Just to note that v.6.19 of Play doesn’t improve things in Dorico, for me at least: seems that there’s a glitch with note-off . I just get a bigger and bigger chord, same as before.
Play 6 sends note-off which it seems that notation software can’t handle. It was just the same with Sibelius and even before I switched to Dorico, EWQL tech support advised me to go back to Play 5 which I still use with Dorico. This version doesn’t made use of note-off from what I’ve been told which is the reason it works.
I was going to try it with Finale (v25), but found that I didn’t install a VST2 for Play, so that’ll remain a mystery as far as I’m concerned.
Here are two recordings I made last summer using a digital audio workstation and the EastWest Symphonic Choirs:
Jean Berger – The Eyes of All Wait Upon Thee
John Tavener – The Lamb
Poem by William Blake
Although my virtual choir has many flaws, it has two advantages over a typical real choir: it doesn’t tend to go flat when singing a cappella, and no one is gasping for air just before an entrance.
I am impressed with the progress that has been made with reproducing choral singing and WordBuilder is a significant advance. I congratulate you, John, with how well you have mastered this complex system.
It reminds me of the time 40 years ago when I was working to get a Commodore Pet to play a simple keyboard piece through a homemade DAC. The programming in assembly language was tedious. It was more computer science than music. I get the same feeling here that what is required is a mastery of sound engineering.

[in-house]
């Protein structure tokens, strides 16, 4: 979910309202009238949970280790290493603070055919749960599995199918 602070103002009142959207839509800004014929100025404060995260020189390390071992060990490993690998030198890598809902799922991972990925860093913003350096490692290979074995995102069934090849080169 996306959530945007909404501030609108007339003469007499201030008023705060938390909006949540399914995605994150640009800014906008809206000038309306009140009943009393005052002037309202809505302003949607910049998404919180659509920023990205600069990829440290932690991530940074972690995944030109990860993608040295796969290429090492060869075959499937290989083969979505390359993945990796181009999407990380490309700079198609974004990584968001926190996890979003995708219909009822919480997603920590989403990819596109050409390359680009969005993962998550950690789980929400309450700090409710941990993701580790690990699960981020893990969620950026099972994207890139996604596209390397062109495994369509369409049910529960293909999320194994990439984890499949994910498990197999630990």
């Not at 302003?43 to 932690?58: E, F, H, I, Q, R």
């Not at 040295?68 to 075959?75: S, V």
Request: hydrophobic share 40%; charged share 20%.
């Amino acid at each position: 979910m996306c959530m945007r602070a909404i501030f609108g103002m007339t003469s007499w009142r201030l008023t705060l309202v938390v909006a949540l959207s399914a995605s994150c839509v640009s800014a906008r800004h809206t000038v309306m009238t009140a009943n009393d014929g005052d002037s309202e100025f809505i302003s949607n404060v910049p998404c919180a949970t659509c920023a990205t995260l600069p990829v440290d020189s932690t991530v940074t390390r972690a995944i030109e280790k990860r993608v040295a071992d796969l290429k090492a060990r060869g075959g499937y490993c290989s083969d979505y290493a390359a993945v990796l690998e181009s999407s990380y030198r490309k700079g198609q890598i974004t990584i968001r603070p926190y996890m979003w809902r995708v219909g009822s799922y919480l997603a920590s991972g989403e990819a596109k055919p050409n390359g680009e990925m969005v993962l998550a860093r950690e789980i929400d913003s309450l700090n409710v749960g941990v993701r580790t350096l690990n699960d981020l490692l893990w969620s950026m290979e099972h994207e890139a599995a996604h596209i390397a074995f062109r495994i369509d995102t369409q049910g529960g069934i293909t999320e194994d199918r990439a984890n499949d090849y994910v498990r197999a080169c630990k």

As an musician, I want to spend my time writing. I would love to have an easy way to produce sample choral recordings but I don’t think we are quite there yet.
The central problem seems to be getting the computer to correctly pronounce a notoriously inconsistent language - how do you pronounce knife? - by interpreting the written language. Why has no-one thought to build software based on input from sound rather than writing, to utilize the advances in speech recognition? If you sang the text on a monotone in rhythm, a sound analysis module should be able to select the best matches from the sound library and recreate it with the correct pitches from Dorico as choral singing. I may be totally off base here but I suspect this approach could avoid most of the machinations at the granular level required to get a realistic sounding result.